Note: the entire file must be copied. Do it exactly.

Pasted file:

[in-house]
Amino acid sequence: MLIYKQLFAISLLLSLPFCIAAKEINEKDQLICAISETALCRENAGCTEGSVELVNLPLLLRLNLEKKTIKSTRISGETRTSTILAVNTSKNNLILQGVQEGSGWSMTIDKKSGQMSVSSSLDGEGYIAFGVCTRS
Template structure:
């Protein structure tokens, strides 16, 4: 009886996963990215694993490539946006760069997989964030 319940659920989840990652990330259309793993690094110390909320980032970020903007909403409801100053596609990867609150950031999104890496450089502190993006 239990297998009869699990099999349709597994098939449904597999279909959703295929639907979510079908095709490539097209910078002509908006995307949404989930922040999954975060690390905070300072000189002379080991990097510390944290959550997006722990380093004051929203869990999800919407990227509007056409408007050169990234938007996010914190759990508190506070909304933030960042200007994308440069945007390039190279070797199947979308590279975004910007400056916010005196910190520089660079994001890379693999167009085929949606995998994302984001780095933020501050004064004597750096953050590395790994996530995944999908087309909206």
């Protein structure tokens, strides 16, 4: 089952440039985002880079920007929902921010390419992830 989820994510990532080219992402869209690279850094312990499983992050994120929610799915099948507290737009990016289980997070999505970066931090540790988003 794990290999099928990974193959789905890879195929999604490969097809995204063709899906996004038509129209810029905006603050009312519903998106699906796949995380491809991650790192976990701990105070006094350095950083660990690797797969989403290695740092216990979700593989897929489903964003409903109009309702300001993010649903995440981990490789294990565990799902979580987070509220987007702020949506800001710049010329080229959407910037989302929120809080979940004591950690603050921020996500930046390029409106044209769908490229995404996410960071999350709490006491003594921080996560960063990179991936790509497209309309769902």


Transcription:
[in-house]
Amino acid sequence: MLIYKQLFAISLLLSLPFCIAAKEINEKDQLICAISETALCRENAGCTEGSVELVNLPLLLRLNLEKKTIKSTRISGETRTSTILAVNTSKNNLILQGVQEGSGWSMTIDKKSGQMSVSSSLDGEGYIAFGVCTRS
Template structure:
């Protein structure tokens, strides 16, 4: 009886996963990215694993490539946006760069997989964030 319940659920989840990652990330259309793993690094110390909320980032970020903007909403409801100053596609990867609150950031999104890496450089502190993006 239990297998009869699990099999349709597994098939449904597999279909959703295929639907979510079908095709490539097209910078002509908006995307949404989930922040999954975060690390905070300072000189002379080991990097510390944290959550997006722990380093004051929203869990999800919407990227509007056409408007050169990234938007996010914190759990508190506070909304933030960042200007994308440069945007390039190279070797199947979308590279975004910007400056916010005196910190520089660079994001890379693999167009085929949606995998994302984001780095933020501050004064004597750096953050590395790994996530995944999908087309909206």
């Protein structure tokens, strides 16, 4: 089952440039985002880079920007929902921010390419992830 989820994510990532080219992402869209690279850094312990499983992050994120929610799915099948507290737009990016289980997070999505970066931090540790988003 794990290999099928990974193959789905890879195929999604490969097809995204063709899906996004038509129209810029905006603050009312519903998106699906796949995380491809991650790192976990701990105070006094350095950083660990690797797969989403290695740092216990979700593989897929489903964003409903109009309702300001993010649903995440981990490789294990565990799902979580987070509220987007702020949506800001710049010329080229959407910037989302929120809080979940004591950690603050921020996500930046390029409106044209769908490229995404996410960071999350709490006491003594921080996560960063990179991936790509497209309309769902």